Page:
This month, we are going to talk about the world’s most used and abused drug, alcohol. Alcohol is so much a part of life in the Western world, that people often do not even notice that it is a drug. Given that alcohol is one of the most abused drugs in the world, it is of great importance to understand how it affects the brain. In this Dose of Science we are taking a look at alcohol’s effect on monkey brains.
A range of studies indicates that alcohol causes brain volume shrinkage in humans. In these studies there is a range of potential confounders such as dietary deficiency, comorbidity, stress, etc. which (for practical reasons) can not be controlled for. These potential confounding factors, however, can be controlled in animal experiments, in order to directly observe the neurotoxic effect of alcohol. This approach was taken by Christopher Kroenke and colleagues, who conducted a longitudinal MRI study to observe how the volume of a monkey's brain changes with exposure to alcohol.
Most neuroscience experiments are done with mice; there are certain advantages, however, to using monkeys to study the effects of alcohol. For example, they will take alcohol voluntarily, unlike rodents who must be forced into alcohol exposure. Furthermore, just like humans, monkeys show significant variation in their voluntary alcohol intake, with a not insignificant portion drinking to a point of physical dependence. These differences justify the use of monkeys over rodents in alcohol research. The downside of using monkeys is the much increased cost, and as a consequence, the lower sample size. In this study, only 18 rhesus monkeys participated. While this is a respectable sample size for studies using monkeys, it is still a very low sample size, associated with large statistical uncertainties.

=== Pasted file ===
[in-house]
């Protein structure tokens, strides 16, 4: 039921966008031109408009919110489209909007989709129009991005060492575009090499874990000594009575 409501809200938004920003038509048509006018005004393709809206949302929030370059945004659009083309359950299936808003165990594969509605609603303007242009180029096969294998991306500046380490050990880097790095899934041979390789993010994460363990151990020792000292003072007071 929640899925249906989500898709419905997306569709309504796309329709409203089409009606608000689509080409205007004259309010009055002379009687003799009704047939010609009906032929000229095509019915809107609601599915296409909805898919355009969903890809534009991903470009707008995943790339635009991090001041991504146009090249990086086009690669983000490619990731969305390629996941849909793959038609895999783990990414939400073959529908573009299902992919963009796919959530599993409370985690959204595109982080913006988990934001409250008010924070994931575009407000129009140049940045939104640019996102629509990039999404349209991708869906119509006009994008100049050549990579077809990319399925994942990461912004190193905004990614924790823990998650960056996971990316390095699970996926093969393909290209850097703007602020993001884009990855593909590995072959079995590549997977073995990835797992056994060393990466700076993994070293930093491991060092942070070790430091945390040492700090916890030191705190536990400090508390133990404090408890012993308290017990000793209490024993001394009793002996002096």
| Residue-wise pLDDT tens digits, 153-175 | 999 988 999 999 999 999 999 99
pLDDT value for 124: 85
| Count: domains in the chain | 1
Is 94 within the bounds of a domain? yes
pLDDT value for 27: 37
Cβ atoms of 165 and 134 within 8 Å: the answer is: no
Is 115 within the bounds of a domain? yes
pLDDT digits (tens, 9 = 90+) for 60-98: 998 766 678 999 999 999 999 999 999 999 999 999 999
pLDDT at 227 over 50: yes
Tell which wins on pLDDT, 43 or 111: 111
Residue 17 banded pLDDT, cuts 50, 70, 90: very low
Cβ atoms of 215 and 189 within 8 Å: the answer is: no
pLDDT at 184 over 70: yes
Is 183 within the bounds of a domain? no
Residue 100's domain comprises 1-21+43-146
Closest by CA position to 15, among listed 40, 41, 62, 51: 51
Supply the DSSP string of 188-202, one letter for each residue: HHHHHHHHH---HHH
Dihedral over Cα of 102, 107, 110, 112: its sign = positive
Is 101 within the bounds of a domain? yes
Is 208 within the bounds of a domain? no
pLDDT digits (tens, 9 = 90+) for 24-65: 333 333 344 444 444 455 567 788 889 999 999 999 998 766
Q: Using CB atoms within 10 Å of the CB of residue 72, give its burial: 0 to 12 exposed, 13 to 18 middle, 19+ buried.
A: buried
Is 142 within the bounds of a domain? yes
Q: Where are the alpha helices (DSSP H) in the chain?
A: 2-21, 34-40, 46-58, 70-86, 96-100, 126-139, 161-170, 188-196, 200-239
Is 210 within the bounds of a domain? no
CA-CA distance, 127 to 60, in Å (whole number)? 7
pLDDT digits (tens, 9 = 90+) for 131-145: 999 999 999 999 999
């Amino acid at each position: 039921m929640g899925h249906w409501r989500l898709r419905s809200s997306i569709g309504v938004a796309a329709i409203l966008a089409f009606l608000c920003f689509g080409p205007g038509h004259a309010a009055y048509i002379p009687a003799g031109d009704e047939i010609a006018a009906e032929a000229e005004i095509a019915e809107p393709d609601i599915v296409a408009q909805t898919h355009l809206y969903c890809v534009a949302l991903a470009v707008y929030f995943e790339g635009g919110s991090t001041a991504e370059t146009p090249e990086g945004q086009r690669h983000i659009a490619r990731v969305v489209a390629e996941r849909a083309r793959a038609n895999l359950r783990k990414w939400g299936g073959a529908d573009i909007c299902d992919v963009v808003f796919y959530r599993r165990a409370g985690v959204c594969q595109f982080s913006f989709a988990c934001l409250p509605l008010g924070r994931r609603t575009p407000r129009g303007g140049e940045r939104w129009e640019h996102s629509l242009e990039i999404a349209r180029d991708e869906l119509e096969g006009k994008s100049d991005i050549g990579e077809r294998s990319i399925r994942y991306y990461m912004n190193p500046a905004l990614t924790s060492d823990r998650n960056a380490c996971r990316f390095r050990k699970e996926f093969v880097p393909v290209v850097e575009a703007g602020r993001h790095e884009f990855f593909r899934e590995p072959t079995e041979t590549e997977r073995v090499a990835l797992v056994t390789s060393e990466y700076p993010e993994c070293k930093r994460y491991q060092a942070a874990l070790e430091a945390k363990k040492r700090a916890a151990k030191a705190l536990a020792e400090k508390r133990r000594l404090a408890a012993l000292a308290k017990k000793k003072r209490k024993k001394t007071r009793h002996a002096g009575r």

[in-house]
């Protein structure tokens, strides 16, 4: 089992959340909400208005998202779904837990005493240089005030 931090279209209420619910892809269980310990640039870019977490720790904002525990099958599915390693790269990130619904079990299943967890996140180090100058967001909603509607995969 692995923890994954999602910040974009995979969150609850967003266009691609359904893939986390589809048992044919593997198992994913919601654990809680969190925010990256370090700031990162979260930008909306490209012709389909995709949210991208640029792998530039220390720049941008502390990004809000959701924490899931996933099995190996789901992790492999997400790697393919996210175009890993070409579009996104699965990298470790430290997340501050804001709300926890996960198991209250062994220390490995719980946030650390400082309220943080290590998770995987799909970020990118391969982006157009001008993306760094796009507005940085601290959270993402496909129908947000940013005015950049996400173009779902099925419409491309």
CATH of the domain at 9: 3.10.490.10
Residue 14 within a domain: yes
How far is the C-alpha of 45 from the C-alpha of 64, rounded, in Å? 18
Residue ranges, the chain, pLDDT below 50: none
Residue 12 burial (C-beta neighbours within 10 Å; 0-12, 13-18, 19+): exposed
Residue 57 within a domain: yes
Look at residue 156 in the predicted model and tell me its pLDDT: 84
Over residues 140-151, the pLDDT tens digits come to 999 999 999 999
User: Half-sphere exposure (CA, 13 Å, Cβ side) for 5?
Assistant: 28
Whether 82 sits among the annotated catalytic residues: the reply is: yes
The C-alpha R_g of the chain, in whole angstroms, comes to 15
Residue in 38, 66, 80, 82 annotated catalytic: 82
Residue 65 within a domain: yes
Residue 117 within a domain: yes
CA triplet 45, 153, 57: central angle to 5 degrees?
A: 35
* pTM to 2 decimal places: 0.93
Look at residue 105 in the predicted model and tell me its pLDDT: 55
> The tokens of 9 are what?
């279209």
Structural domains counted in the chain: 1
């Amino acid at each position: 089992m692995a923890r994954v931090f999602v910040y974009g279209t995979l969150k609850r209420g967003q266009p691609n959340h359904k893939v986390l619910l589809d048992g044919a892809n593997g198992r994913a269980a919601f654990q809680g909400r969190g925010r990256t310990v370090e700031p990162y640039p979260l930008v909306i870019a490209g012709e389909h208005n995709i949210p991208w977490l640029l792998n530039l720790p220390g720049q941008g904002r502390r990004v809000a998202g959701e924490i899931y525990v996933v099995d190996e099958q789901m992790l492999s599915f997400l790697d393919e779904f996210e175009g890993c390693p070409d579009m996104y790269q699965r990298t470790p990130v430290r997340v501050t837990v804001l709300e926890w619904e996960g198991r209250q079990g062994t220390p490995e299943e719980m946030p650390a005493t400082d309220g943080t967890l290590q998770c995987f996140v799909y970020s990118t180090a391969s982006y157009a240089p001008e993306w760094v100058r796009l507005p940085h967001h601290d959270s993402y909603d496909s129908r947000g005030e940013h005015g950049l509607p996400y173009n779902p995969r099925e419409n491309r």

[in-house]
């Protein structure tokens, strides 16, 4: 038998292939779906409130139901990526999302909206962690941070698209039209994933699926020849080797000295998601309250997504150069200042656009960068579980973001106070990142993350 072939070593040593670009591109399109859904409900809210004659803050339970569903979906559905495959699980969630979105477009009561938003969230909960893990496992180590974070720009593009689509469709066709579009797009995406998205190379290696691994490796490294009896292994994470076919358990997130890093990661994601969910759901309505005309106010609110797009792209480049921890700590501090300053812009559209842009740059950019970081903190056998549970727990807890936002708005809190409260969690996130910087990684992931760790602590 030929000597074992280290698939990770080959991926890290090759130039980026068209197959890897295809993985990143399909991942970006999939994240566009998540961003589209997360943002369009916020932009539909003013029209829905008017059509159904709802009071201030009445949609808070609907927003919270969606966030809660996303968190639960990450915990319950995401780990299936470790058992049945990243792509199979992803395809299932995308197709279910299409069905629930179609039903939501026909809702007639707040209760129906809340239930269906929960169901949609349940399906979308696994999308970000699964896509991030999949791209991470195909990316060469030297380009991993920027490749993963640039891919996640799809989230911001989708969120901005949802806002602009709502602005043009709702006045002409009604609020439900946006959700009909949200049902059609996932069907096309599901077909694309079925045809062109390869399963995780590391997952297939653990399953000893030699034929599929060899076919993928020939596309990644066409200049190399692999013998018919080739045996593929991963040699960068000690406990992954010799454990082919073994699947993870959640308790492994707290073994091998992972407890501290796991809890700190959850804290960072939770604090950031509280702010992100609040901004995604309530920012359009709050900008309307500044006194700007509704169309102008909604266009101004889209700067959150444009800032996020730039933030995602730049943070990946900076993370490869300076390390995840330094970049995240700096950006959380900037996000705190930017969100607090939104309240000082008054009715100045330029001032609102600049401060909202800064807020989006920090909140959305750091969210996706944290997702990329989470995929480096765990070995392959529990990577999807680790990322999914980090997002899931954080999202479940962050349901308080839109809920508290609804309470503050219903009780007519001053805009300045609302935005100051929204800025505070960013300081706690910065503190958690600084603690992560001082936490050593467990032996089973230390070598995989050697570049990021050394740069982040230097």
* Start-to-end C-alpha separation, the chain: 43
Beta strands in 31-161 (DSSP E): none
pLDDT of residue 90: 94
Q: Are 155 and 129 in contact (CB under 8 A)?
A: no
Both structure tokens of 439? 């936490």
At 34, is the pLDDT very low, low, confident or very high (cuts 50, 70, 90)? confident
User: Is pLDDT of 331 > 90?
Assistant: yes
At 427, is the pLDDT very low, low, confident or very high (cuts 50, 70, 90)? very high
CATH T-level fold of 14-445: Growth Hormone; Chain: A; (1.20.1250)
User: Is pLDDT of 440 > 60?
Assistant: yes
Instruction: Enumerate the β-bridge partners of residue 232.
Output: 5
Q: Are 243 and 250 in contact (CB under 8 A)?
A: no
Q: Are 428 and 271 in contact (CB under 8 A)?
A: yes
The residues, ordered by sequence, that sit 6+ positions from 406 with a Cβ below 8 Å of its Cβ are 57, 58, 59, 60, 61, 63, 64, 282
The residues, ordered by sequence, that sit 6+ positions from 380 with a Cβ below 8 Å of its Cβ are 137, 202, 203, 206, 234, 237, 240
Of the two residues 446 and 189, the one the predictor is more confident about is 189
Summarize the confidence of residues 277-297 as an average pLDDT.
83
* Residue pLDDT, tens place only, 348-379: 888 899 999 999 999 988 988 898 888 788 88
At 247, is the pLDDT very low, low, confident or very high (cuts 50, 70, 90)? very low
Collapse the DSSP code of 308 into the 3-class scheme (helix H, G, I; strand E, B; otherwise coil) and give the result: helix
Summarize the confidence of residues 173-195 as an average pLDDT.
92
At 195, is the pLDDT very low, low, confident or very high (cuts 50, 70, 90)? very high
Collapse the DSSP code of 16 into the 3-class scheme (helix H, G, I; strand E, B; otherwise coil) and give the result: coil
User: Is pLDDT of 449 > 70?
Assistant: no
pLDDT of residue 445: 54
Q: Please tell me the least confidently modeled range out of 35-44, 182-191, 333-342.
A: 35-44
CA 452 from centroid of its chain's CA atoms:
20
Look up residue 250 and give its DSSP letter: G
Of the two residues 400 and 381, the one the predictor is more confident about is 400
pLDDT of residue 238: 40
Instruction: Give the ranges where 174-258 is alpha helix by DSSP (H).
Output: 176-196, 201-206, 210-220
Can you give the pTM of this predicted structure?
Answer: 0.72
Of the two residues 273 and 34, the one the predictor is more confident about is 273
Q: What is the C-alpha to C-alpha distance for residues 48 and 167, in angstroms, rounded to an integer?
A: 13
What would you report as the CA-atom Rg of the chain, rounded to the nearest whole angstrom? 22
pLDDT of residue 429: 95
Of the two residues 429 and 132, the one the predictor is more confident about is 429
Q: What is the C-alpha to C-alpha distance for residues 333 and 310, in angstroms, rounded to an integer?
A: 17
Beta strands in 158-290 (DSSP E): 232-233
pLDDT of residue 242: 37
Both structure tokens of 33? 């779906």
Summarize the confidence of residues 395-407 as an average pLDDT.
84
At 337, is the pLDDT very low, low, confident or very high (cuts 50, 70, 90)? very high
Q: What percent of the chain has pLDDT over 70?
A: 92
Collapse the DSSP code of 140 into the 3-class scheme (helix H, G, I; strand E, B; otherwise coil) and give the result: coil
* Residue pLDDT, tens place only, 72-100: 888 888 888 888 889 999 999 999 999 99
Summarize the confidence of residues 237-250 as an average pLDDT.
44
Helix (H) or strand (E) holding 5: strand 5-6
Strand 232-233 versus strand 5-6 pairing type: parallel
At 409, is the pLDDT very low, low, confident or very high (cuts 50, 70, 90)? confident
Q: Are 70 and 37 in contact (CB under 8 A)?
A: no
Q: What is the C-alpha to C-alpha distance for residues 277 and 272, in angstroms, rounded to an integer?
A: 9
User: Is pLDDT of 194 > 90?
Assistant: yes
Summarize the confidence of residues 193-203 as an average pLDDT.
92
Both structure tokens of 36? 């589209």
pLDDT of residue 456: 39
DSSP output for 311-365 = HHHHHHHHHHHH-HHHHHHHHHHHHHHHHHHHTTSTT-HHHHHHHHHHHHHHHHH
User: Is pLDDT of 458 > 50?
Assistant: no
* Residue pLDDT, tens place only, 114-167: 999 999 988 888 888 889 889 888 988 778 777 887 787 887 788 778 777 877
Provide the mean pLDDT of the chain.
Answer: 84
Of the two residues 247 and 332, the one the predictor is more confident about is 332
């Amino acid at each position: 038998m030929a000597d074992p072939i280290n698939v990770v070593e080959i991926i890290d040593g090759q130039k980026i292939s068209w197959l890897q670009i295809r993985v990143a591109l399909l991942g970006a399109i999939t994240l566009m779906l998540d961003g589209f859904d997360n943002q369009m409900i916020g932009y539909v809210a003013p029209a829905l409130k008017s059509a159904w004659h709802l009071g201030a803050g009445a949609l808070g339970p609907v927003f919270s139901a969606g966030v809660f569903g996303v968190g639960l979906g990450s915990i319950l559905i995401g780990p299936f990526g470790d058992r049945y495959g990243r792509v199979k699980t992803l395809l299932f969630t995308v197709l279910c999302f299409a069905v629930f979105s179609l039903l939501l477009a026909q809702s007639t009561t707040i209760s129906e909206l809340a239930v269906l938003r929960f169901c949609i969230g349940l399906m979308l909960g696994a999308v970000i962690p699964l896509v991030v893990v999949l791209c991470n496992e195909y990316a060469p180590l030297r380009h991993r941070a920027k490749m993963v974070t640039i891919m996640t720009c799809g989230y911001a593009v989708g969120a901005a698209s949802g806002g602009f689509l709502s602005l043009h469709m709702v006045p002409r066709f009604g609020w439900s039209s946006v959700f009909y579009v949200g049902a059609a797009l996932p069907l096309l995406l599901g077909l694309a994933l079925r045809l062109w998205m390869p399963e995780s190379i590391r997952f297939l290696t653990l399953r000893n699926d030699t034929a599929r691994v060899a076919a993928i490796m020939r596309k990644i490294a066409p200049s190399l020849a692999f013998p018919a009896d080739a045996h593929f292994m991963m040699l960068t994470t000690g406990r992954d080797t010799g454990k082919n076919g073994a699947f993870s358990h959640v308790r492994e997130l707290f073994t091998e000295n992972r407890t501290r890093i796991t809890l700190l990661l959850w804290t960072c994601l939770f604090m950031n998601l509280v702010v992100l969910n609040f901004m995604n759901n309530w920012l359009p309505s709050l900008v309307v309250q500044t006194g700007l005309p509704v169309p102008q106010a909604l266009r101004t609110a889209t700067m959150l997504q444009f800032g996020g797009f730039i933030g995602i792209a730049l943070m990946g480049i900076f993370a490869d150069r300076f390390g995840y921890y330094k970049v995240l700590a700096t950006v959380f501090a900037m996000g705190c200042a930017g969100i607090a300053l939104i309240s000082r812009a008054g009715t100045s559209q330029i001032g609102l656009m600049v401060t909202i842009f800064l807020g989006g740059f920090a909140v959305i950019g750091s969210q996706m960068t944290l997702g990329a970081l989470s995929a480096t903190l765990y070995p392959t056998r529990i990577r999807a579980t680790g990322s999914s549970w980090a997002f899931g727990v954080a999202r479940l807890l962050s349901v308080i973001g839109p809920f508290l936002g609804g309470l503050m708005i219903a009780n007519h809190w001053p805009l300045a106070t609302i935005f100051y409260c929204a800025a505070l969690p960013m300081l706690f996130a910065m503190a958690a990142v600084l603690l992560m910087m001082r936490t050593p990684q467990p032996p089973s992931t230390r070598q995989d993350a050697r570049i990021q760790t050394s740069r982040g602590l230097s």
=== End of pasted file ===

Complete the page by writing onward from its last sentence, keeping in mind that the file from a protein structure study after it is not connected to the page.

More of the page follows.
Dosing of the monkeys was as follows: For an initial induction phase (3 months), monkeys took 1g/kg alcohol, which roughly corresponds to four drinks in human equivalent doses. In the next phase of the experiment, the monkeys had access to diluted ethanol, of which they consumed as much as they wished. During this free access period, all the monkeys consistently maintained a constant alcohol intake – that is, each monkey established his/her own drinking routine. The daily alcohol intake was 2.4±1.1 g/kg, within an overall range of 0.2 to 4.3g/kg.
For the purposes of analysis, the monkeys were divided into two groups: `heavy’ (> 3g/kg/day ethanol) and `moderate’ drinkers (≤ 3g/kg/day ethanol), with 6 and 12 monkeys in the two groups respectively. Note that the separation threshold between heavy and the moderate drinkers is arbitrary. The authors say that the 3g/kg ethanol is roughly equivalent to 12 standard US drinks (one US alcohol unit is 14g of ethanol; note that the UK alcohol unit is 8g).
To estimate the brain volume of monkeys, images were taken using magnetic resonance imaging (MRI) at the beginning of the experiments, again after 6 months, and after 12 months of free access to alcohol. To account for individual differences, volume measurements were expressed as percentages of the baseline volume (that is the volume before the monkeys started drinking).